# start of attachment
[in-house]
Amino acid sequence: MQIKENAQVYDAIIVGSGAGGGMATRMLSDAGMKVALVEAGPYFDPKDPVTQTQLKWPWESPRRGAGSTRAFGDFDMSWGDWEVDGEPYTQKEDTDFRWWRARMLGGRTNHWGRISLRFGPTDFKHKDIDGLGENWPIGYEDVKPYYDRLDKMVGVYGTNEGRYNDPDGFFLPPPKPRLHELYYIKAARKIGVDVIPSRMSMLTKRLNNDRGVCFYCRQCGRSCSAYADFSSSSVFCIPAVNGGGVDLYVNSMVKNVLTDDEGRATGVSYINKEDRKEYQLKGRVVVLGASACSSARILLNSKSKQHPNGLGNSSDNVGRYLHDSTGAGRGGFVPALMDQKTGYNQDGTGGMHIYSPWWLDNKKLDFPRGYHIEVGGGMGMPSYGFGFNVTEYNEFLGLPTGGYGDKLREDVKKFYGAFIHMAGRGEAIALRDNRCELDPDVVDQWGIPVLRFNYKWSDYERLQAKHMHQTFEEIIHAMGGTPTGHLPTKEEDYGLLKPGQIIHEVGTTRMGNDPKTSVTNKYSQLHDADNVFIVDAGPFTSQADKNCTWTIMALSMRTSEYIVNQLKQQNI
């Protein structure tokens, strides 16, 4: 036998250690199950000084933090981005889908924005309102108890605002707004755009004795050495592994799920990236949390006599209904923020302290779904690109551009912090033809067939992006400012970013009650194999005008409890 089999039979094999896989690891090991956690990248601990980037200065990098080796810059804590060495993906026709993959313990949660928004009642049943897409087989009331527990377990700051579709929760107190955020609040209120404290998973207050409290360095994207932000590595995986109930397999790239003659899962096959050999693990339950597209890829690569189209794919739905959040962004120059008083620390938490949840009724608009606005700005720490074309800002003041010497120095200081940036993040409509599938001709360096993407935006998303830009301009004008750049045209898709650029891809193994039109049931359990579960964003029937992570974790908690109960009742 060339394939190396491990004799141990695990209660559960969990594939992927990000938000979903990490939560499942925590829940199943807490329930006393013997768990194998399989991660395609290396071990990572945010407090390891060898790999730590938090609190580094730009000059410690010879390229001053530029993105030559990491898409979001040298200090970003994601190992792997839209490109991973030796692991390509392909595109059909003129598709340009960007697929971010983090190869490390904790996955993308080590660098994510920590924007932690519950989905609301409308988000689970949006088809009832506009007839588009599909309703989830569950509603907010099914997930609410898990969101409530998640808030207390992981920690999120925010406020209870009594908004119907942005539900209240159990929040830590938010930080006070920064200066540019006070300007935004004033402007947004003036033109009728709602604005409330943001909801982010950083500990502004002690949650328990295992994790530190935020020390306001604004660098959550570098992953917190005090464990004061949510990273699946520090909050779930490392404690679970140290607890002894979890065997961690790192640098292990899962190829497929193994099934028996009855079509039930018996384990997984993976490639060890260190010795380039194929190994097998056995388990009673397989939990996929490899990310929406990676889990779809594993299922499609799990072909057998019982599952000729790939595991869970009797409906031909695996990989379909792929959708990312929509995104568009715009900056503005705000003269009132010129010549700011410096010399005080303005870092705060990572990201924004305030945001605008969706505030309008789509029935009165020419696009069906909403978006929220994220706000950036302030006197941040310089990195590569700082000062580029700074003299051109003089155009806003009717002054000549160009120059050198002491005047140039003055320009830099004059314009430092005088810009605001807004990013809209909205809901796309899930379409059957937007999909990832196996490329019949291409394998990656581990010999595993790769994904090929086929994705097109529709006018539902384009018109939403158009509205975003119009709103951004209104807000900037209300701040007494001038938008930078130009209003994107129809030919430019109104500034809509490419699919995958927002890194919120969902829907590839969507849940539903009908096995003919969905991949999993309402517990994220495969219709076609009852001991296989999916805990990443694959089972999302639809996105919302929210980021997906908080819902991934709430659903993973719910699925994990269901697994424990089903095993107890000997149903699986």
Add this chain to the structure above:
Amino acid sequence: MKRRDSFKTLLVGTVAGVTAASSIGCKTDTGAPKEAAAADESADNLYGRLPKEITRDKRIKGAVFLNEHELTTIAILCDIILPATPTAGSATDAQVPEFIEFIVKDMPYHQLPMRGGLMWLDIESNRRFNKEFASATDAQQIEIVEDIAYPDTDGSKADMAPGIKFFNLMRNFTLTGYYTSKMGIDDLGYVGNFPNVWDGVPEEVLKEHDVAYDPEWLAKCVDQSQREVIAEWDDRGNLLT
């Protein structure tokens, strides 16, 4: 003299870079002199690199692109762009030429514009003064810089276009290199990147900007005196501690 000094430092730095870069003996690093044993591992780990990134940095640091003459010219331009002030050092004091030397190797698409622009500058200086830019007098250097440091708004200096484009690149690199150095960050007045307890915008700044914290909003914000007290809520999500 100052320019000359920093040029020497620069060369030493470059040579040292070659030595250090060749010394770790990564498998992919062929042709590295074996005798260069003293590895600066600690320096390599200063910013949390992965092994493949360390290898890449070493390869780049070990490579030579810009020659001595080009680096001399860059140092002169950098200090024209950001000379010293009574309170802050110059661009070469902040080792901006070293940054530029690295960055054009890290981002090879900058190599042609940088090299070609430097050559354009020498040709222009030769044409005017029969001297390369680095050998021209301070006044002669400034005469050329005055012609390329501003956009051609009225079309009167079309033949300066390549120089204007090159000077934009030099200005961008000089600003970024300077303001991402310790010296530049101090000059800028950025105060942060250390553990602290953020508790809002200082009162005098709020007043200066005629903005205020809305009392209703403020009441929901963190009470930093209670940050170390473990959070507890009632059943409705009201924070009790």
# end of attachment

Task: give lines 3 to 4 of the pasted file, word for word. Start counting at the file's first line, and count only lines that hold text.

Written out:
């Protein structure tokens, strides 16, 4: 036998250690199950000084933090981005889908924005309102108890605002707004755009004795050495592994799920990236949390006599209904923020302290779904690109551009912090033809067939992006400012970013009650194999005008409890 089999039979094999896989690891090991956690990248601990980037200065990098080796810059804590060495993906026709993959313990949660928004009642049943897409087989009331527990377990700051579709929760107190955020609040209120404290998973207050409290360095994207932000590595995986109930397999790239003659899962096959050999693990339950597209890829690569189209794919739905959040962004120059008083620390938490949840009724608009606005700005720490074309800002003041010497120095200081940036993040409509599938001709360096993407935006998303830009301009004008750049045209898709650029891809193994039109049931359990579960964003029937992570974790908690109960009742 060339394939190396491990004799141990695990209660559960969990594939992927990000938000979903990490939560499942925590829940199943807490329930006393013997768990194998399989991660395609290396071990990572945010407090390891060898790999730590938090609190580094730009000059410690010879390229001053530029993105030559990491898409979001040298200090970003994601190992792997839209490109991973030796692991390509392909595109059909003129598709340009960007697929971010983090190869490390904790996955993308080590660098994510920590924007932690519950989905609301409308988000689970949006088809009832506009007839588009599909309703989830569950509603907010099914997930609410898990969101409530998640808030207390992981920690999120925010406020209870009594908004119907942005539900209240159990929040830590938010930080006070920064200066540019006070300007935004004033402007947004003036033109009728709602604005409330943001909801982010950083500990502004002690949650328990295992994790530190935020020390306001604004660098959550570098992953917190005090464990004061949510990273699946520090909050779930490392404690679970140290607890002894979890065997961690790192640098292990899962190829497929193994099934028996009855079509039930018996384990997984993976490639060890260190010795380039194929190994097998056995388990009673397989939990996929490899990310929406990676889990779809594993299922499609799990072909057998019982599952000729790939595991869970009797409906031909695996990989379909792929959708990312929509995104568009715009900056503005705000003269009132010129010549700011410096010399005080303005870092705060990572990201924004305030945001605008969706505030309008789509029935009165020419696009069906909403978006929220994220706000950036302030006197941040310089990195590569700082000062580029700074003299051109003089155009806003009717002054000549160009120059050198002491005047140039003055320009830099004059314009430092005088810009605001807004990013809209909205809901796309899930379409059957937007999909990832196996490329019949291409394998990656581990010999595993790769994904090929086929994705097109529709006018539902384009018109939403158009509205975003119009709103951004209104807000900037209300701040007494001038938008930078130009209003994107129809030919430019109104500034809509490419699919995958927002890194919120969902829907590839969507849940539903009908096995003919969905991949999993309402517990994220495969219709076609009852001991296989999916805990990443694959089972999302639809996105919302929210980021997906908080819902991934709430659903993973719910699925994990269901697994424990089903095993107890000997149903699986």
Add this chain to the structure above: